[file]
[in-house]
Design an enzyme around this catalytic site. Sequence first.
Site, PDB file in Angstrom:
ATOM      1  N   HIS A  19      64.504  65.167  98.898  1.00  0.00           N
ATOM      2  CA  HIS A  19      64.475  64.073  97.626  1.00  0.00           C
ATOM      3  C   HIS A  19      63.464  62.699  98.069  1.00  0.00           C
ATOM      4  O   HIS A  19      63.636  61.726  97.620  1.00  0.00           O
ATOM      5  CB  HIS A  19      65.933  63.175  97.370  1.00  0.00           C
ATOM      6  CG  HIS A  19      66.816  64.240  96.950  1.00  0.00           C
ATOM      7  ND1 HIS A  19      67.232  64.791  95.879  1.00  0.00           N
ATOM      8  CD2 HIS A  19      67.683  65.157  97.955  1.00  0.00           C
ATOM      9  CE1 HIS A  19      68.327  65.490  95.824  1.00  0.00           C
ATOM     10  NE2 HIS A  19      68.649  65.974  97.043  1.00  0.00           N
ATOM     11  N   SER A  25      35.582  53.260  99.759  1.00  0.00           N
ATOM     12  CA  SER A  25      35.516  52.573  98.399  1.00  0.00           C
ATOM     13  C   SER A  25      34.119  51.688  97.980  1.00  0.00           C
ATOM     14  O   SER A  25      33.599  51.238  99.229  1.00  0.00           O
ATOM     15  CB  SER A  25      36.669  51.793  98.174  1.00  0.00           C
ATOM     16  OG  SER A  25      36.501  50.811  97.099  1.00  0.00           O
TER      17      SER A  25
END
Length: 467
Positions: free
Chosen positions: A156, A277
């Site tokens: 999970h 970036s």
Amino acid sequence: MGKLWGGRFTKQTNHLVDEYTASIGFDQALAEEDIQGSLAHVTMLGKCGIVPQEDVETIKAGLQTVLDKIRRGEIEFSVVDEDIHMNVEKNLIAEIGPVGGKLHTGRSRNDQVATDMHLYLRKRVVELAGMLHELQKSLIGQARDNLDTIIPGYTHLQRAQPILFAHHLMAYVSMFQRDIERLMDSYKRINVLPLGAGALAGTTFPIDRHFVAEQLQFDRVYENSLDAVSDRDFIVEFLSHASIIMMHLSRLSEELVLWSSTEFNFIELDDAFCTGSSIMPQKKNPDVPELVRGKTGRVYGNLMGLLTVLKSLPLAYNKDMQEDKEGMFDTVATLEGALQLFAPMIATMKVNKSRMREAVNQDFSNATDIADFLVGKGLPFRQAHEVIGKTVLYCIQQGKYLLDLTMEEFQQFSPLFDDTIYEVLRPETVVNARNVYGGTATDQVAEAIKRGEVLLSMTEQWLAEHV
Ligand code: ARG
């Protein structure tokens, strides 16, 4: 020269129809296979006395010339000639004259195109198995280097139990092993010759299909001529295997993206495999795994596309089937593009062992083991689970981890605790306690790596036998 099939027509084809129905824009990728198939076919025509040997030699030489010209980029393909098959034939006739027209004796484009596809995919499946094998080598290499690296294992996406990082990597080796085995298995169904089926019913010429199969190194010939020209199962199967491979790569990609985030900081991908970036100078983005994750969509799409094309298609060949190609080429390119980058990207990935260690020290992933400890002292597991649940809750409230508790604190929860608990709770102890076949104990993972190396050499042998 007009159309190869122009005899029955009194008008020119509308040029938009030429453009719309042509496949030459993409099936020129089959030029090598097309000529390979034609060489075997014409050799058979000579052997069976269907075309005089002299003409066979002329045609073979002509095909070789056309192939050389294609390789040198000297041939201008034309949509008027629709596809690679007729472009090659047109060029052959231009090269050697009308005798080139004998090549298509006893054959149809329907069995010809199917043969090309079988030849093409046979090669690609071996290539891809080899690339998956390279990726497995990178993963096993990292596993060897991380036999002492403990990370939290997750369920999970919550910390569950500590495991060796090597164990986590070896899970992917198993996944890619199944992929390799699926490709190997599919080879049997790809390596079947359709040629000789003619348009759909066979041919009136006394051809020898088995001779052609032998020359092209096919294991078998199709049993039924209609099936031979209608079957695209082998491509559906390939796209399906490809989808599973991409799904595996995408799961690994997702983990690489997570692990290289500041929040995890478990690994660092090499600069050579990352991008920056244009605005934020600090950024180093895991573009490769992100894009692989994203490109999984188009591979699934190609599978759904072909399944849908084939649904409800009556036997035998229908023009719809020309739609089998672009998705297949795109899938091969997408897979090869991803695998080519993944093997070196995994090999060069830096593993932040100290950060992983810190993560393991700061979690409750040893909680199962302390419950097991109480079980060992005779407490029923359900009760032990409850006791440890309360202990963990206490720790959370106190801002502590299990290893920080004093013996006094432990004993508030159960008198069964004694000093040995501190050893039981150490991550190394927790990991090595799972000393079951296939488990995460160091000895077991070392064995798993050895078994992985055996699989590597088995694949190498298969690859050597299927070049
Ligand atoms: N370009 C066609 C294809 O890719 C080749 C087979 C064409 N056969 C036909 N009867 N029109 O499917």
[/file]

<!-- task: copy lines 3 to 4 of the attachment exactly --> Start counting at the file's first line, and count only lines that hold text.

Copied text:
Site, PDB file in Angstrom:
ATOM      1  N   HIS A  19      64.504  65.167  98.898  1.00  0.00           N